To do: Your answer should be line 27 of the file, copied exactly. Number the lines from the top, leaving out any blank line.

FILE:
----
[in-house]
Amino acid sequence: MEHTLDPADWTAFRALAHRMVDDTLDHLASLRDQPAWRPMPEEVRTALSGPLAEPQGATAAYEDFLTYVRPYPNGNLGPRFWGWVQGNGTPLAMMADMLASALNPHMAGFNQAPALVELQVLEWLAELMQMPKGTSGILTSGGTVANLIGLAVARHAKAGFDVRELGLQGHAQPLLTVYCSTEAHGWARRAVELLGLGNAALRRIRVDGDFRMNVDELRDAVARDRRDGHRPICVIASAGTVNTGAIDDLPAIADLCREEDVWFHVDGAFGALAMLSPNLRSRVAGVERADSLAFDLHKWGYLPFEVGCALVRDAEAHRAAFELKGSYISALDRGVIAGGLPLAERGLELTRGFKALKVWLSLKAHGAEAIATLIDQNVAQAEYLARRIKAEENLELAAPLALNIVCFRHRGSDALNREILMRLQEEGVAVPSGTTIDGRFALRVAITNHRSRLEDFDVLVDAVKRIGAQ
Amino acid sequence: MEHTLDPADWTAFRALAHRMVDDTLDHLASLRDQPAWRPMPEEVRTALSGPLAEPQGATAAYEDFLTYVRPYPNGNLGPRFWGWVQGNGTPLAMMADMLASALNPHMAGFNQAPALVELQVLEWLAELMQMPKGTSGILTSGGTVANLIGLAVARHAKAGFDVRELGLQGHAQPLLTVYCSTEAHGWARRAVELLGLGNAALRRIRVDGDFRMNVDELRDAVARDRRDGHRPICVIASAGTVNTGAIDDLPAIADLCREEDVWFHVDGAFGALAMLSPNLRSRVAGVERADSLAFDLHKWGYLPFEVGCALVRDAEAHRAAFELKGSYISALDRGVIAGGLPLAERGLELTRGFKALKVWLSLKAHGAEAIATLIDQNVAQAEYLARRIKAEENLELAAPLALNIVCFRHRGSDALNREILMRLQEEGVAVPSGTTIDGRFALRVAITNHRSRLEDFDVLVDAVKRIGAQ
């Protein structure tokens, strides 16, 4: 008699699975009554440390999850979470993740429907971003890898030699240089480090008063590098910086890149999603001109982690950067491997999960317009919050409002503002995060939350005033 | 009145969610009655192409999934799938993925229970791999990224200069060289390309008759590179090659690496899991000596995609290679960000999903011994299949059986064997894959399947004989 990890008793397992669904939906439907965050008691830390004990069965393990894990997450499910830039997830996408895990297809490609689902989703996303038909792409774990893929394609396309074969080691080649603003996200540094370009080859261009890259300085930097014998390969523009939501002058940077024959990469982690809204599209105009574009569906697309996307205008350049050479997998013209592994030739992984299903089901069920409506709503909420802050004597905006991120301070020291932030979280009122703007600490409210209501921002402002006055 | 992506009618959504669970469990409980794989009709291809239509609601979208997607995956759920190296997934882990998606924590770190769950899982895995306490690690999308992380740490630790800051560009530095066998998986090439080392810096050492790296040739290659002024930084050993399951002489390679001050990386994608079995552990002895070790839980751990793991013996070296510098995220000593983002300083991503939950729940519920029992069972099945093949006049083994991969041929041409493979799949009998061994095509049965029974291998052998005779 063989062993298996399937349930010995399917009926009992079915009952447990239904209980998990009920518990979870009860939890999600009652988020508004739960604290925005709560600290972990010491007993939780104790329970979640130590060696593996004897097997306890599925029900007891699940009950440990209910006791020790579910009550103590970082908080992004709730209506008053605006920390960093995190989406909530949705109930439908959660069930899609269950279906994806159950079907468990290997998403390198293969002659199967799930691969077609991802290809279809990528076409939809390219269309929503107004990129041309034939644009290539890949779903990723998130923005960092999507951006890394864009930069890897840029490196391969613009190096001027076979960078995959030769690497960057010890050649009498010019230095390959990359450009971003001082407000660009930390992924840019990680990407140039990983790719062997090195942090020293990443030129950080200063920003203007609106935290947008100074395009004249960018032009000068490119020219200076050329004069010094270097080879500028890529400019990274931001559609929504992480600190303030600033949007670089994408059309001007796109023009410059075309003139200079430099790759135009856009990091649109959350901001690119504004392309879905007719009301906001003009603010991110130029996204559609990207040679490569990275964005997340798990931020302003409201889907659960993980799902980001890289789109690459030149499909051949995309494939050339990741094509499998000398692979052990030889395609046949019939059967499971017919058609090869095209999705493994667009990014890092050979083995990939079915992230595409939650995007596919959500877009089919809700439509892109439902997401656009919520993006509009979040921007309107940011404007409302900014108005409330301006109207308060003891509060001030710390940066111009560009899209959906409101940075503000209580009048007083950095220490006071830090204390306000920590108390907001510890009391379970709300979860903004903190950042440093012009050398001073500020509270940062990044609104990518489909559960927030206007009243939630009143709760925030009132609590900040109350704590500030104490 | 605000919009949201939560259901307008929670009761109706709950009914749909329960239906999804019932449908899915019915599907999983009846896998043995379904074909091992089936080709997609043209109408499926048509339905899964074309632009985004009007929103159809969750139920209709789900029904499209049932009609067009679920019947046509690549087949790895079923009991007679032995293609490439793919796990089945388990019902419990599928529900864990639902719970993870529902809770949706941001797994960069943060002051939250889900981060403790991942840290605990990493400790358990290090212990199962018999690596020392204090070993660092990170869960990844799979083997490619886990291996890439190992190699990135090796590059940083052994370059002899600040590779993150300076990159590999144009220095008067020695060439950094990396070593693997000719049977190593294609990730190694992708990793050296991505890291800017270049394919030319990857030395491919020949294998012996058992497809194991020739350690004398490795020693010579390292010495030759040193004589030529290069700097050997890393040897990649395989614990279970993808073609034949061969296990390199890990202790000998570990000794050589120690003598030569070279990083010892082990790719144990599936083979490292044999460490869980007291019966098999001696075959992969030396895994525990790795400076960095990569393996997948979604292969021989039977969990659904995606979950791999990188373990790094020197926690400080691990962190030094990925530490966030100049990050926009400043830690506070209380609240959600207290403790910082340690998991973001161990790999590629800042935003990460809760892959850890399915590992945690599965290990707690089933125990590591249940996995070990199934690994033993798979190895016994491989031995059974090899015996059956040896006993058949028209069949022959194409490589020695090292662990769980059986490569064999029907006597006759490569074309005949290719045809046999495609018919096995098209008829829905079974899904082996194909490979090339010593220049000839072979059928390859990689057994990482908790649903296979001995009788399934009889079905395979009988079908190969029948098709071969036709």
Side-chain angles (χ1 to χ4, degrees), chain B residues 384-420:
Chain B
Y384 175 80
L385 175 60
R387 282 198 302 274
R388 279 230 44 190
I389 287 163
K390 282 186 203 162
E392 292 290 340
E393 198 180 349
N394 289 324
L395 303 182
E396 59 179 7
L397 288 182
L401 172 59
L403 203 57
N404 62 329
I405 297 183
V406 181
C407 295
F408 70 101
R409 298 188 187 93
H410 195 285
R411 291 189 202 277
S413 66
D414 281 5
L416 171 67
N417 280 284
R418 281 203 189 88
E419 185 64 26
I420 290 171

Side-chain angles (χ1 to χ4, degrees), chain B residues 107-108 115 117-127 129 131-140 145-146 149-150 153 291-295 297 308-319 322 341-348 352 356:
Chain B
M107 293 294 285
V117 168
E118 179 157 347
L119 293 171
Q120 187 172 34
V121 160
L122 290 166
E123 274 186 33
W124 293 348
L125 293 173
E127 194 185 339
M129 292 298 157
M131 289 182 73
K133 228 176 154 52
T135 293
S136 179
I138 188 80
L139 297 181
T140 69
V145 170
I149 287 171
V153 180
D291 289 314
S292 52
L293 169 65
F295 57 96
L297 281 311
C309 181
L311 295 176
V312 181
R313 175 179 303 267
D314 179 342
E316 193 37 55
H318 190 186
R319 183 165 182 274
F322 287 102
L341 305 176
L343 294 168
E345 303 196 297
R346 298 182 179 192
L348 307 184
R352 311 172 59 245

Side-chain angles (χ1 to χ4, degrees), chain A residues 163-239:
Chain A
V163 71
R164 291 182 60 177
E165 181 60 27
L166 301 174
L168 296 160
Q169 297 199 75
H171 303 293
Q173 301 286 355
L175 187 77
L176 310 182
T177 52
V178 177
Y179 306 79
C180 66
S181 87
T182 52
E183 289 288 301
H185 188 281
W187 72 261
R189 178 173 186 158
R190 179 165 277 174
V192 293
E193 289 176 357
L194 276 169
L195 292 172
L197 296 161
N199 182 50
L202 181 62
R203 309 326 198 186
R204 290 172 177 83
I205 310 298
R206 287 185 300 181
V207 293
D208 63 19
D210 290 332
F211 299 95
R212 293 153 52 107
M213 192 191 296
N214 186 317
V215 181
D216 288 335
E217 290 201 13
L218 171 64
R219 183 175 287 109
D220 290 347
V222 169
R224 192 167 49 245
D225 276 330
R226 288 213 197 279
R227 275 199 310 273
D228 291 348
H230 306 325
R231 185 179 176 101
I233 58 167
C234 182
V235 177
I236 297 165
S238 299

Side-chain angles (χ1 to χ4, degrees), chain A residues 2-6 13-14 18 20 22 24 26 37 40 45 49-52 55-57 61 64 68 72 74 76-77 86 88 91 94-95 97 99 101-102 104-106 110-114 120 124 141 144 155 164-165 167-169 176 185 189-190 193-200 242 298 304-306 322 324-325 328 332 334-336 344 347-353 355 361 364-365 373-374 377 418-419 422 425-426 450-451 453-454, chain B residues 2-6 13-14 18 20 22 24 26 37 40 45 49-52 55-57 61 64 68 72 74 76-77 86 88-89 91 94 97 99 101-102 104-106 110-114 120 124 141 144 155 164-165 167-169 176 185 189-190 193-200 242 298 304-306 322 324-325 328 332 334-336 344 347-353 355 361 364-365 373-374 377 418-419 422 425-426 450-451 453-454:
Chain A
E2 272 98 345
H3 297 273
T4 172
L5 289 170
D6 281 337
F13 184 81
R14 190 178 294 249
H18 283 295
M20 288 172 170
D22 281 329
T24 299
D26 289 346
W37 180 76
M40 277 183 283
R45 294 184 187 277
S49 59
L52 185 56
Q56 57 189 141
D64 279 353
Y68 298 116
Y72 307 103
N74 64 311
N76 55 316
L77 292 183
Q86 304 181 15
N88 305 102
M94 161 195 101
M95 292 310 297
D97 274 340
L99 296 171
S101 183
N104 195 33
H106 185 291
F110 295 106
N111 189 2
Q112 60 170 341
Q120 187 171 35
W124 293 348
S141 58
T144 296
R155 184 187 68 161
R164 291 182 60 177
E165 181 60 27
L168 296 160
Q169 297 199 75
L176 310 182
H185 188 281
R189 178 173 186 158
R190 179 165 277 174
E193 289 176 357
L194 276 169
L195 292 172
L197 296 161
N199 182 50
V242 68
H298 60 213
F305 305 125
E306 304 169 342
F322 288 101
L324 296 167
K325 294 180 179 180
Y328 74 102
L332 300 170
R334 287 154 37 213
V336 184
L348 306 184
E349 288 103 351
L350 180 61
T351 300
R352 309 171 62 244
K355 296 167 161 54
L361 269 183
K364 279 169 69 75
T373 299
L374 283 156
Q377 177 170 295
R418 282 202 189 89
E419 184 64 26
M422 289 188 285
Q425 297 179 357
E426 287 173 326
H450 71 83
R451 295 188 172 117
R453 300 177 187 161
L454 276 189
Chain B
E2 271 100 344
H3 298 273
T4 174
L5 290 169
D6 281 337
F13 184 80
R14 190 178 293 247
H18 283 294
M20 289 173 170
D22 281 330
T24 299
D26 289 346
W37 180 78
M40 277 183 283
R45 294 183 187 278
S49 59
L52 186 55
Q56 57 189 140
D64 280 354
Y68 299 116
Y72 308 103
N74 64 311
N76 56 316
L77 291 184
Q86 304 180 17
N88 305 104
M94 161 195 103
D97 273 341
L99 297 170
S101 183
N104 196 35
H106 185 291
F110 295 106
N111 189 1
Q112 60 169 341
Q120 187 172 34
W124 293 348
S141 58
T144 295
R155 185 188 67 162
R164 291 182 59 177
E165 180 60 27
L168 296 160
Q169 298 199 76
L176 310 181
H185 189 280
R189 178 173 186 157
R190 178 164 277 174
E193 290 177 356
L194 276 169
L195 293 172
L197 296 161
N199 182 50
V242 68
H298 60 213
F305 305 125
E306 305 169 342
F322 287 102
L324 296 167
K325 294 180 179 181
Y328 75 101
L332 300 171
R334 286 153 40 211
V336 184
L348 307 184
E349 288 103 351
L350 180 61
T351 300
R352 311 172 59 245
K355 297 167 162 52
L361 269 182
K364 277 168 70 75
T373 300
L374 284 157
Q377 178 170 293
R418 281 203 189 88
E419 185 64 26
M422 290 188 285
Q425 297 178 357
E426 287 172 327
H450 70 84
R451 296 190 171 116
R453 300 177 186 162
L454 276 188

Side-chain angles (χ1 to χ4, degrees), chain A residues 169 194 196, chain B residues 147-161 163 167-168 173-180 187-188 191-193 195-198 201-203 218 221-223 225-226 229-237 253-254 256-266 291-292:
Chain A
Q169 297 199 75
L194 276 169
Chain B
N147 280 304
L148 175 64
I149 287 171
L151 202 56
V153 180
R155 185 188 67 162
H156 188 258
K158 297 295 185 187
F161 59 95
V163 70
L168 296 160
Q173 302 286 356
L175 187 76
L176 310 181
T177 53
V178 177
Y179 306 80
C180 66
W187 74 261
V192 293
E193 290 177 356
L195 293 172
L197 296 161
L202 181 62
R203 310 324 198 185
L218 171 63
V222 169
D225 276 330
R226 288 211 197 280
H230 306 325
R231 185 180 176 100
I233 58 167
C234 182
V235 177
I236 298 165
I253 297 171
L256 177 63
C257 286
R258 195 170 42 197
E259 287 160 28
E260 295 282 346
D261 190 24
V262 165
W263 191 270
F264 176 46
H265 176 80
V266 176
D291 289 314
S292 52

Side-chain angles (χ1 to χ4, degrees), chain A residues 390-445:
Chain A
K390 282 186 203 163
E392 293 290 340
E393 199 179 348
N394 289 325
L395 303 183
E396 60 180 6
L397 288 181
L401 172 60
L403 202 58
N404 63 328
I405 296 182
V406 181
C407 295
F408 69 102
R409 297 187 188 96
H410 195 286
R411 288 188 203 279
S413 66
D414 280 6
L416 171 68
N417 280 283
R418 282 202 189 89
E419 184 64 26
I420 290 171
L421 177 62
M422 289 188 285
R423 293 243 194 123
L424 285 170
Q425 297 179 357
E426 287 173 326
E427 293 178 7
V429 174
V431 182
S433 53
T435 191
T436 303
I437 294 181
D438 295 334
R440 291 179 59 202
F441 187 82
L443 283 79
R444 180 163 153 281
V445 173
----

H410 195 285